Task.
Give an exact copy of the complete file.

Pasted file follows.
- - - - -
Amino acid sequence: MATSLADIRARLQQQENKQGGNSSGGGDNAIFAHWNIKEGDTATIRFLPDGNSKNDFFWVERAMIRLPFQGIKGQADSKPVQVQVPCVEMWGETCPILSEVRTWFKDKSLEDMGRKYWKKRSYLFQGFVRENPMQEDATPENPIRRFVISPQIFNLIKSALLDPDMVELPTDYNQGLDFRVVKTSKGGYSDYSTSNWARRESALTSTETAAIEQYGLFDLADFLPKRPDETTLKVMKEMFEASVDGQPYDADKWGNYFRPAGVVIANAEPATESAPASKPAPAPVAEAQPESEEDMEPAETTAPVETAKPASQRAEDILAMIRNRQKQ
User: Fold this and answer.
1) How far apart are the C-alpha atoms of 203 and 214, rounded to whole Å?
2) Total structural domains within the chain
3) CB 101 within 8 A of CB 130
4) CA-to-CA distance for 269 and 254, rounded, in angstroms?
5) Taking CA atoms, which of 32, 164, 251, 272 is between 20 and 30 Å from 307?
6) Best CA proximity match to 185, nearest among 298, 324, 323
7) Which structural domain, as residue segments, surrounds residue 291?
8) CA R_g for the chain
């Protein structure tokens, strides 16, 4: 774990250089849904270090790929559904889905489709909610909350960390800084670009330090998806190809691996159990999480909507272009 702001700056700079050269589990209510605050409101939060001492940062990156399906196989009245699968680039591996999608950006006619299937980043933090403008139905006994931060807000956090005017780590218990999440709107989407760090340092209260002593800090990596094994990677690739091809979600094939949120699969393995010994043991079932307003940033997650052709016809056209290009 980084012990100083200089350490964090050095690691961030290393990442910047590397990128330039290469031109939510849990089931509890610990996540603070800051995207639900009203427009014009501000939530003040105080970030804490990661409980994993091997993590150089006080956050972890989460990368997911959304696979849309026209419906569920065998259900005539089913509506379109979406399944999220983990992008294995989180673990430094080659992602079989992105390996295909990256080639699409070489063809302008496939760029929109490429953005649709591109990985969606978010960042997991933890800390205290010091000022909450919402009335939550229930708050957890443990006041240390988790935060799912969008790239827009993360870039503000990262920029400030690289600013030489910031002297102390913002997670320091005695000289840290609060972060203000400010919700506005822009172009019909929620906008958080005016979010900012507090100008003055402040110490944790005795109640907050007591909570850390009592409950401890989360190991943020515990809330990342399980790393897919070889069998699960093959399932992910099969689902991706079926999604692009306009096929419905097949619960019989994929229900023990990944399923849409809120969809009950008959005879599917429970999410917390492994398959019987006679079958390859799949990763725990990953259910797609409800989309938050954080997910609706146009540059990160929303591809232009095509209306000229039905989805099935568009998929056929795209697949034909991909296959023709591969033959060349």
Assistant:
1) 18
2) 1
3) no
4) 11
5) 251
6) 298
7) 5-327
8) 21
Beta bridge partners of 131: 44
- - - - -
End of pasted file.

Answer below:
Amino acid sequence: MATSLADIRARLQQQENKQGGNSSGGGDNAIFAHWNIKEGDTATIRFLPDGNSKNDFFWVERAMIRLPFQGIKGQADSKPVQVQVPCVEMWGETCPILSEVRTWFKDKSLEDMGRKYWKKRSYLFQGFVRENPMQEDATPENPIRRFVISPQIFNLIKSALLDPDMVELPTDYNQGLDFRVVKTSKGGYSDYSTSNWARRESALTSTETAAIEQYGLFDLADFLPKRPDETTLKVMKEMFEASVDGQPYDADKWGNYFRPAGVVIANAEPATESAPASKPAPAPVAEAQPESEEDMEPAETTAPVETAKPASQRAEDILAMIRNRQKQ
User: Fold this and answer.
1) How far apart are the C-alpha atoms of 203 and 214, rounded to whole Å?
2) Total structural domains within the chain
3) CB 101 within 8 A of CB 130
4) CA-to-CA distance for 269 and 254, rounded, in angstroms?
5) Taking CA atoms, which of 32, 164, 251, 272 is between 20 and 30 Å from 307?
6) Best CA proximity match to 185, nearest among 298, 324, 323
7) Which structural domain, as residue segments, surrounds residue 291?
8) CA R_g for the chain
């Protein structure tokens, strides 16, 4: 774990250089849904270090790929559904889905489709909610909350960390800084670009330090998806190809691996159990999480909507272009 702001700056700079050269589990209510605050409101939060001492940062990156399906196989009245699968680039591996999608950006006619299937980043933090403008139905006994931060807000956090005017780590218990999440709107989407760090340092209260002593800090990596094994990677690739091809979600094939949120699969393995010994043991079932307003940033997650052709016809056209290009 980084012990100083200089350490964090050095690691961030290393990442910047590397990128330039290469031109939510849990089931509890610990996540603070800051995207639900009203427009014009501000939530003040105080970030804490990661409980994993091997993590150089006080956050972890989460990368997911959304696979849309026209419906569920065998259900005539089913509506379109979406399944999220983990992008294995989180673990430094080659992602079989992105390996295909990256080639699409070489063809302008496939760029929109490429953005649709591109990985969606978010960042997991933890800390205290010091000022909450919402009335939550229930708050957890443990006041240390988790935060799912969008790239827009993360870039503000990262920029400030690289600013030489910031002297102390913002997670320091005695000289840290609060972060203000400010919700506005822009172009019909929620906008958080005016979010900012507090100008003055402040110490944790005795109640907050007591909570850390009592409950401890989360190991943020515990809330990342399980790393897919070889069998699960093959399932992910099969689902991706079926999604692009306009096929419905097949619960019989994929229900023990990944399923849409809120969809009950008959005879599917429970999410917390492994398959019987006679079958390859799949990763725990990953259910797609409800989309938050954080997910609706146009540059990160929303591809232009095509209306000229039905989805099935568009998929056929795209697949034909991909296959023709591969033959060349």
Assistant:
1) 18
2) 1
3) no
4) 11
5) 251
6) 298
7) 5-327
8) 21
Beta bridge partners of 131: 44